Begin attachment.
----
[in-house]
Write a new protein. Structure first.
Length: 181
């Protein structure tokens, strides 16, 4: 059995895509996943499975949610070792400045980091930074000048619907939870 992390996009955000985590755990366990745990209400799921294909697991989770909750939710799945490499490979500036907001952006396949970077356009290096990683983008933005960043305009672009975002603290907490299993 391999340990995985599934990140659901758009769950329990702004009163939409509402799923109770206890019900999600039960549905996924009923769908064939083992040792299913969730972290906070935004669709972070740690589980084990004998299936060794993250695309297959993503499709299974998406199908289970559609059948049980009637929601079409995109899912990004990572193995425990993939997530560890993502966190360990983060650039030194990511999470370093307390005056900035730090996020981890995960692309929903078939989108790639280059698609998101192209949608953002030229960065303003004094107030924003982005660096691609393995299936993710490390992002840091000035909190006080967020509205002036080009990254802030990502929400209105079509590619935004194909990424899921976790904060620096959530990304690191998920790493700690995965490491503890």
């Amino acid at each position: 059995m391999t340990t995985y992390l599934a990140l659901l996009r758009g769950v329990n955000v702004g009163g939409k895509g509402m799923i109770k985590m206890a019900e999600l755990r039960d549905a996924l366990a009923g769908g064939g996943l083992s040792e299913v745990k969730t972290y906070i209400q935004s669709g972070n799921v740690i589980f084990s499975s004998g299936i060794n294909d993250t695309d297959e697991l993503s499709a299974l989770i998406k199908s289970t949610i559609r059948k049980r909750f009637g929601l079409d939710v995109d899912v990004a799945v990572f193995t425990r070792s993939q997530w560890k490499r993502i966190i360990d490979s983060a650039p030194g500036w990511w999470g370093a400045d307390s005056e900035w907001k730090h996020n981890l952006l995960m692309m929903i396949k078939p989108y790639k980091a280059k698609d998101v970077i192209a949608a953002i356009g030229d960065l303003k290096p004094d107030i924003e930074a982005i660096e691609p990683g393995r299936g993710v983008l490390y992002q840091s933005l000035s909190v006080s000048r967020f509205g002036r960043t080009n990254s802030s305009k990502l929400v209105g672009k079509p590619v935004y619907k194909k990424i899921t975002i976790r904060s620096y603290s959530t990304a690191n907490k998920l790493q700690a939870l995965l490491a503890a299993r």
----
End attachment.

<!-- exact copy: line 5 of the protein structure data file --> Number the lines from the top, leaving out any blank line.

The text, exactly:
């Amino acid at each position: 059995m391999t340990t995985y992390l599934a990140l659901l996009r758009g769950v329990n955000v702004g009163g939409k895509g509402m799923i109770k985590m206890a019900e999600l755990r039960d549905a996924l366990a009923g769908g064939g996943l083992s040792e299913v745990k969730t972290y906070i209400q935004s669709g972070n799921v740690i589980f084990s499975s004998g299936i060794n294909d993250t695309d297959e697991l993503s499709a299974l989770i998406k199908s289970t949610i559609r059948k049980r909750f009637g929601l079409d939710v995109d899912v990004a799945v990572f193995t425990r070792s993939q997530w560890k490499r993502i966190i360990d490979s983060a650039p030194g500036w990511w999470g370093a400045d307390s005056e900035w907001k730090h996020n981890l952006l995960m692309m929903i396949k078939p989108y790639k980091a280059k698609d998101v970077i192209a949608a953002i356009g030229d960065l303003k290096p004094d107030i924003e930074a982005i660096e691609p990683g393995r299936g993710v983008l490390y992002q840091s933005l000035s909190v006080s000048r967020f509205g002036r960043t080009n990254s802030s305009k990502l929400v209105g672009k079509p590619v935004y619907k194909k990424i899921t975002i976790r904060s620096y603290s959530t990304a690191n907490k998920l790493q700690a939870l995965l490491a503890a299993r």